ProtoCOL Colony Counter Increases Throughput of Crucial Research on Food Pathogens
The innovative ProtoCOL automated colony counting system from Synbiosis is is now being used at the Robert Mondavi Research Institute, a major US food and wine research centre, to speed up studies on the growth of a variety of bacterial pathogens in food.
Microbiologists in the Robert Mondavi Research Institute (RMI) at the University of California, Davis are using ProtoCOL to look for, and count colonies of bacteria associated with food poisoning on a wide range of media and plate types. These pathogens include E.coli 0157 and Salmonella growing in nuts and fresh produce.
Using a ProtoCOL, researchers at the RMI are able to rapidly and accurately monitor how pathogens can grow in different types of storage conditions. It is hoped this information will lead to a greater understanding of how to prevent outbreaks of food poisoning associated with these bacterial pathogens.
Dr Anne-Laure Moyne, Staff Research Associate at the RMI explained: We run trials looking at how storing products such as almonds, pistachios and lettuce can affect the growth of bacterial contaminants. During these trials, we can generate around 250 spiral, pour plates or gridded filters on plates every day, all of which have to be analysed. Doing this manually with a light box and pen meant our staff had to work very long days, so we knew we had to automate the process.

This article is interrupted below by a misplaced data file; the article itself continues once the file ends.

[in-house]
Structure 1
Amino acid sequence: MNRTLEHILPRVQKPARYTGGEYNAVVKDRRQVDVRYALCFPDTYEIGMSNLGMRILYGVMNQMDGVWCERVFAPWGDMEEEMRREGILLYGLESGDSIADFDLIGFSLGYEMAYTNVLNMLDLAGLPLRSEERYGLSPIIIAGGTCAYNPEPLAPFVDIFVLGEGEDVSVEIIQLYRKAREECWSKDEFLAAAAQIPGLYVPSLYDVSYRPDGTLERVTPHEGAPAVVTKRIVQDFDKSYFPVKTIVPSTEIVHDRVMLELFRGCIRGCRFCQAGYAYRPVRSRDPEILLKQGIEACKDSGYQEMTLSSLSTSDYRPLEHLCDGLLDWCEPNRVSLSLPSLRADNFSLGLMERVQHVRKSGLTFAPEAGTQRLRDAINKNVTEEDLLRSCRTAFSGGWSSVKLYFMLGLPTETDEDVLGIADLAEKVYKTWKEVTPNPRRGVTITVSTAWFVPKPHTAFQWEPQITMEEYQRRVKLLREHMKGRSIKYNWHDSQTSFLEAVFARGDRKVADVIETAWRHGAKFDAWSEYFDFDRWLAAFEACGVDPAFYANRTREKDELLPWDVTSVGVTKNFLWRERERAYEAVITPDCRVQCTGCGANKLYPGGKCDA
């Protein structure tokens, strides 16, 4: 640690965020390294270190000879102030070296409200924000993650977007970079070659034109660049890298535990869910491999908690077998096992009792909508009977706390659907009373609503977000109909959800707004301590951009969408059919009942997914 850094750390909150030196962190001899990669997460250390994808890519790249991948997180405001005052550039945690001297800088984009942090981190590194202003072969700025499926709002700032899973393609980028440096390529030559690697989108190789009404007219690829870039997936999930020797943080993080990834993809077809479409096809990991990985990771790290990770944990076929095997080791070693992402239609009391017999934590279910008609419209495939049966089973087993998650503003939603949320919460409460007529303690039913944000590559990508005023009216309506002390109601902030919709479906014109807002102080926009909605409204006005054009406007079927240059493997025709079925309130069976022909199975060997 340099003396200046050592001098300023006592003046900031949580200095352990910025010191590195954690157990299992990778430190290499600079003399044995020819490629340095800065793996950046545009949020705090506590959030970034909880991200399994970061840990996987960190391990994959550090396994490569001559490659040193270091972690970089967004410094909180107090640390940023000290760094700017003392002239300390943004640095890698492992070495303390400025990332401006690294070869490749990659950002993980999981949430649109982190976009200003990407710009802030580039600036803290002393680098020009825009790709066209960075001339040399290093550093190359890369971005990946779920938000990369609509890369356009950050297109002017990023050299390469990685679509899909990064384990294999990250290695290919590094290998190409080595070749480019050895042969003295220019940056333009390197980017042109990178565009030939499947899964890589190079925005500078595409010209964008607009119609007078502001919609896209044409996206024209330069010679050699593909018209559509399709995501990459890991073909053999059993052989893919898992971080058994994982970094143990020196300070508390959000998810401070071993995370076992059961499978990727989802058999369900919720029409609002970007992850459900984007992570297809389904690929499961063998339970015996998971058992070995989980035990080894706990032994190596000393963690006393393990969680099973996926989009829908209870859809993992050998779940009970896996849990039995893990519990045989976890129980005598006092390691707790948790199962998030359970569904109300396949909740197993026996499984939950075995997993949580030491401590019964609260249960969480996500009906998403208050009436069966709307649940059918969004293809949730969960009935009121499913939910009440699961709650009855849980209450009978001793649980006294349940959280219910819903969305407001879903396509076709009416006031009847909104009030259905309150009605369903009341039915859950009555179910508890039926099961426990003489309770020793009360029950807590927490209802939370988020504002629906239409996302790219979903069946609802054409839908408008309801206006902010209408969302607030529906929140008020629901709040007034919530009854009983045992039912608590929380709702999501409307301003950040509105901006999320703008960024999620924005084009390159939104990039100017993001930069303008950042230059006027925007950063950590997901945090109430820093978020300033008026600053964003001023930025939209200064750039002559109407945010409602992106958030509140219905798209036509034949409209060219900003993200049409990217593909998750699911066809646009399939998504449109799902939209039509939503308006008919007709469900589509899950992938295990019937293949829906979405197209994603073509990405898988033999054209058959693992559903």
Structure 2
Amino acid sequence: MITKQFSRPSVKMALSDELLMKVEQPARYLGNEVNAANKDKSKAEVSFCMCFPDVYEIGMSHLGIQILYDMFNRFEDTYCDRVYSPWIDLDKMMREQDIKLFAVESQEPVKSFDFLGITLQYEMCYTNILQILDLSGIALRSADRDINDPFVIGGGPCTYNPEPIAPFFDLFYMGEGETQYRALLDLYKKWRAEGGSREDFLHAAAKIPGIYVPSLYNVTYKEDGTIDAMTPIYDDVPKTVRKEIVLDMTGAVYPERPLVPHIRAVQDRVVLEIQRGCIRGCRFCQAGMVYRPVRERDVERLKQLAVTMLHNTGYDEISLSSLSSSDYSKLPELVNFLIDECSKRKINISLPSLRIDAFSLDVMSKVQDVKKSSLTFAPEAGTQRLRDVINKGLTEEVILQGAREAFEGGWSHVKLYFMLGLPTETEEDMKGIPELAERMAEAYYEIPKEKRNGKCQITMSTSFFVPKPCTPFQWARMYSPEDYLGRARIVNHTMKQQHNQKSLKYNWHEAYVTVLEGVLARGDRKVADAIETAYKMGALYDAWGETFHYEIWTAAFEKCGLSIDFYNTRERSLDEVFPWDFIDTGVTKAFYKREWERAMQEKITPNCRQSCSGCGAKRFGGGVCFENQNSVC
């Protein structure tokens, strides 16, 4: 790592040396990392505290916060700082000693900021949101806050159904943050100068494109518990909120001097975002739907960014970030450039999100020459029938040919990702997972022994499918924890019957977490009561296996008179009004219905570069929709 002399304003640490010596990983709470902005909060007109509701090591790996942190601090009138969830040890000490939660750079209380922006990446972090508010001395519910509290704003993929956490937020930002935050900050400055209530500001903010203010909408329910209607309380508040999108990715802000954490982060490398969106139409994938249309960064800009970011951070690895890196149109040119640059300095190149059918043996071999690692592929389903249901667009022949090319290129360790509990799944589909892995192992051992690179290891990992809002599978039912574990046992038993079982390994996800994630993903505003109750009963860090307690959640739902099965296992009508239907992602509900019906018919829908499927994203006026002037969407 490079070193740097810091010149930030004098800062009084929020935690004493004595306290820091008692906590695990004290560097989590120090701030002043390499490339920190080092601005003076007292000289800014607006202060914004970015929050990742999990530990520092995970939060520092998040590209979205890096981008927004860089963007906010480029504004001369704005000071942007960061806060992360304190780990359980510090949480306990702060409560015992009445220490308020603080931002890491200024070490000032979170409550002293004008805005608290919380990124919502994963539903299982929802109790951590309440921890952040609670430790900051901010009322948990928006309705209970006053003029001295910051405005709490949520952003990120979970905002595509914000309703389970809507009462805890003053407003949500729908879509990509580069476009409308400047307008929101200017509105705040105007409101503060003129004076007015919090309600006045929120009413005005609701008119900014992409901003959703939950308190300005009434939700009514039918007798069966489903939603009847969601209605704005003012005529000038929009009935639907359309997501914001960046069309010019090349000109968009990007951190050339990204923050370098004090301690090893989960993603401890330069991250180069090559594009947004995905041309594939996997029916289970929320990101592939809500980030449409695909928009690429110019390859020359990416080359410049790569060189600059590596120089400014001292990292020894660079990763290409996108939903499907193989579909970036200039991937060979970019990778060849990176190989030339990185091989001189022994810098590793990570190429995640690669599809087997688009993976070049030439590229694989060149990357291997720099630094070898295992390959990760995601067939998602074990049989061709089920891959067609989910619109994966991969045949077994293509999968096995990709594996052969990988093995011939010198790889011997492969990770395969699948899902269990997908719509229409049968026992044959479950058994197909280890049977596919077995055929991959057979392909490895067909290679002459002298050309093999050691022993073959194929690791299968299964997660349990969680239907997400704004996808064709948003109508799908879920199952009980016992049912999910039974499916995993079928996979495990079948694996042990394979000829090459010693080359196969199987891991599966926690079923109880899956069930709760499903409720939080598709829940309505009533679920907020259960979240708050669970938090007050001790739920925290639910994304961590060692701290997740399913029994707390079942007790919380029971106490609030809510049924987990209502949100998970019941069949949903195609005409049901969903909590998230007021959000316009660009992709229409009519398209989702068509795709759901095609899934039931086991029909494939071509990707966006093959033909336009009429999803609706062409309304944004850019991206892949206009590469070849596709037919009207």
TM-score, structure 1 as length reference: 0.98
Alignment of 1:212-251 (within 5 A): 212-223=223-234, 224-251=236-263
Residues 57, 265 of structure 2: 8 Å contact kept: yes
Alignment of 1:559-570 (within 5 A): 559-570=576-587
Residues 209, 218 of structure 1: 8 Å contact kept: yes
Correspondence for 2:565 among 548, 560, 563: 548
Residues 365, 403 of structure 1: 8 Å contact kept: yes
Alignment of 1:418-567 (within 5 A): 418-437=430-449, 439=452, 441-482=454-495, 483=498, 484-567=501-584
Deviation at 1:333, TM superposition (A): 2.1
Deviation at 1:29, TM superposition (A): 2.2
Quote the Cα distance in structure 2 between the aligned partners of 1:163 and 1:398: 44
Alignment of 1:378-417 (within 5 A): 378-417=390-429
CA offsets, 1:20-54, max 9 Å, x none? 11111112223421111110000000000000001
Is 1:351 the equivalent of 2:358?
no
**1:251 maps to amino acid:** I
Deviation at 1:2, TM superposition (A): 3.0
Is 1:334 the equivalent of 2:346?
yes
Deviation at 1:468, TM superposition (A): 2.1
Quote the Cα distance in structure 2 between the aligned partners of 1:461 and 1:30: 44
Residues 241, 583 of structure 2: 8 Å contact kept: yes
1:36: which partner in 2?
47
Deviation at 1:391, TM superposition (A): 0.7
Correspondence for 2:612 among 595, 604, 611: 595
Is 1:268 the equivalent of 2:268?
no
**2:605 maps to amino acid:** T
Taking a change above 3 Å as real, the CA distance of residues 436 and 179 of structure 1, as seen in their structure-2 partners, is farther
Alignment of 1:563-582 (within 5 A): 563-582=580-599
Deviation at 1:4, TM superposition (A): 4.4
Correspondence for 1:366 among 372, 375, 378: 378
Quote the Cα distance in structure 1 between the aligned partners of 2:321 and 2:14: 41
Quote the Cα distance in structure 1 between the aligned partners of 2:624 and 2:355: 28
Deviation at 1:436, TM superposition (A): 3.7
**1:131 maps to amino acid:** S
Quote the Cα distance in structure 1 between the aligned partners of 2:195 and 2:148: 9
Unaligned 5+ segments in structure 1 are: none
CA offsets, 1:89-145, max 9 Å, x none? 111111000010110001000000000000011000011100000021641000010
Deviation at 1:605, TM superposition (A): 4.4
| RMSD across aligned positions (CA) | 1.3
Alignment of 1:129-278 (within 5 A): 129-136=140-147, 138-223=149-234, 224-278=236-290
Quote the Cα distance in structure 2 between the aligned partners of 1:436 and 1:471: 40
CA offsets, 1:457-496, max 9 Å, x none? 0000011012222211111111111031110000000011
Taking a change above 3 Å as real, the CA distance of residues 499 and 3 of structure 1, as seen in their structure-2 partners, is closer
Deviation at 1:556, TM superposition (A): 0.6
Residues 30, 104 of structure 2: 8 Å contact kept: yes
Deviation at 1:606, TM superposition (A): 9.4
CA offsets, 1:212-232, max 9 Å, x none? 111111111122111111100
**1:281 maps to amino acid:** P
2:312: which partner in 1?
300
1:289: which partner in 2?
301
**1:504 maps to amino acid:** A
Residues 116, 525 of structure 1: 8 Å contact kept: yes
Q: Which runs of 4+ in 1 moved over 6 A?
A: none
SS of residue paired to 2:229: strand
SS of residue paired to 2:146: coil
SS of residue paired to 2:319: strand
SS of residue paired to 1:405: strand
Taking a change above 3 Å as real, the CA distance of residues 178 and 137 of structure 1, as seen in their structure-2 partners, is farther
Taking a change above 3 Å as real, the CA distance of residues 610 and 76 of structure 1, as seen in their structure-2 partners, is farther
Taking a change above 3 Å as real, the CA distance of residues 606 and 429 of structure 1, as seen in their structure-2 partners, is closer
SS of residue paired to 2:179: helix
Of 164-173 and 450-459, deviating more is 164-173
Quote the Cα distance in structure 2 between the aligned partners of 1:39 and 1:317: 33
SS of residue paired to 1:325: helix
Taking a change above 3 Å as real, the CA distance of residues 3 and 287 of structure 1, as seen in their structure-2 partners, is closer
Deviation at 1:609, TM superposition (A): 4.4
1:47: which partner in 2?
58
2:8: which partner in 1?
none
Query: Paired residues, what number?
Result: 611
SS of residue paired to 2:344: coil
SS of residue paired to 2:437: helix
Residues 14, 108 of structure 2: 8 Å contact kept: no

Dr Moyne added: We tested two automated colony counters side by side but found that because of the different lighting methods only the ProtoCOL could recognise and count black Salmonella colonies when the BSA (bismuth sulphite agar) media they are growing on is green. We also saw the ProtoCOL could count red colonies on red media and distinguish between grid lines and colonies more accurately. This is why we decided the ProtoCOL system was the right one for our research and we have been very happy with the system's performance.
Martin Smith of Synbiosis stated: With recent outbreaks of food poisoning in Europe associated with salad products, research into what triggers bacterial growth is critical. We're proud to hear the ProtoCOL is being used by microbiologists at such a prestigious food research institute to help improve the productivity of their important trials. The results RMI microbiologists are seeing, especially using chromogenic media, shows scientists in food microbiology laboratories looking for a versatile, accurate automated colony counter that a ProtoCOL is an intelligent choice.
Tags: Salmonella, Automation, Pathogen, Automated Colony Counting
Date Published: January 3, 2012 » company contact details
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